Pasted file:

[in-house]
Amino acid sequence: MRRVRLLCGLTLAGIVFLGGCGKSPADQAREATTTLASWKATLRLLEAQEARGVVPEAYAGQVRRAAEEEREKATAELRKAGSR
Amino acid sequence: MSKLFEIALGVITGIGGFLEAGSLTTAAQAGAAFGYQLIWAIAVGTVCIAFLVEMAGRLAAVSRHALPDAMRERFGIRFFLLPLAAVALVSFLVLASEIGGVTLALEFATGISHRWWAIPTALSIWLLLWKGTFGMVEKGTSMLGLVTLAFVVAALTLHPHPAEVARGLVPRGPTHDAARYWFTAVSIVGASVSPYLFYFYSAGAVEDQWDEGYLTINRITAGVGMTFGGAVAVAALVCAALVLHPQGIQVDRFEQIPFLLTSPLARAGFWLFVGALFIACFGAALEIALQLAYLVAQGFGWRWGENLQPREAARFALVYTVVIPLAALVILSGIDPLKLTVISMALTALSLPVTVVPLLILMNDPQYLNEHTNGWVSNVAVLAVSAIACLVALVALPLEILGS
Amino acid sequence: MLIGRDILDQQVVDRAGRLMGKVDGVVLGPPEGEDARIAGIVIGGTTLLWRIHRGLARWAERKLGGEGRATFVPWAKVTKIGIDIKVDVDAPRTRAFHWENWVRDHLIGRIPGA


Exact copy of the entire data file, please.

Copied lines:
[in-house]
Amino acid sequence: MRRVRLLCGLTLAGIVFLGGCGKSPADQAREATTTLASWKATLRLLEAQEARGVVPEAYAGQVRRAAEEEREKATAELRKAGSR
Amino acid sequence: MSKLFEIALGVITGIGGFLEAGSLTTAAQAGAAFGYQLIWAIAVGTVCIAFLVEMAGRLAAVSRHALPDAMRERFGIRFFLLPLAAVALVSFLVLASEIGGVTLALEFATGISHRWWAIPTALSIWLLLWKGTFGMVEKGTSMLGLVTLAFVVAALTLHPHPAEVARGLVPRGPTHDAARYWFTAVSIVGASVSPYLFYFYSAGAVEDQWDEGYLTINRITAGVGMTFGGAVAVAALVCAALVLHPQGIQVDRFEQIPFLLTSPLARAGFWLFVGALFIACFGAALEIALQLAYLVAQGFGWRWGENLQPREAARFALVYTVVIPLAALVILSGIDPLKLTVISMALTALSLPVTVVPLLILMNDPQYLNEHTNGWVSNVAVLAVSAIACLVALVALPLEILGS
Amino acid sequence: MLIGRDILDQQVVDRAGRLMGKVDGVVLGPPEGEDARIAGIVIGGTTLLWRIHRGLARWAERKLGGEGRATFVPWAKVTKIGIDIKVDVDAPRTRAFHWENWVRDHLIGRIPGA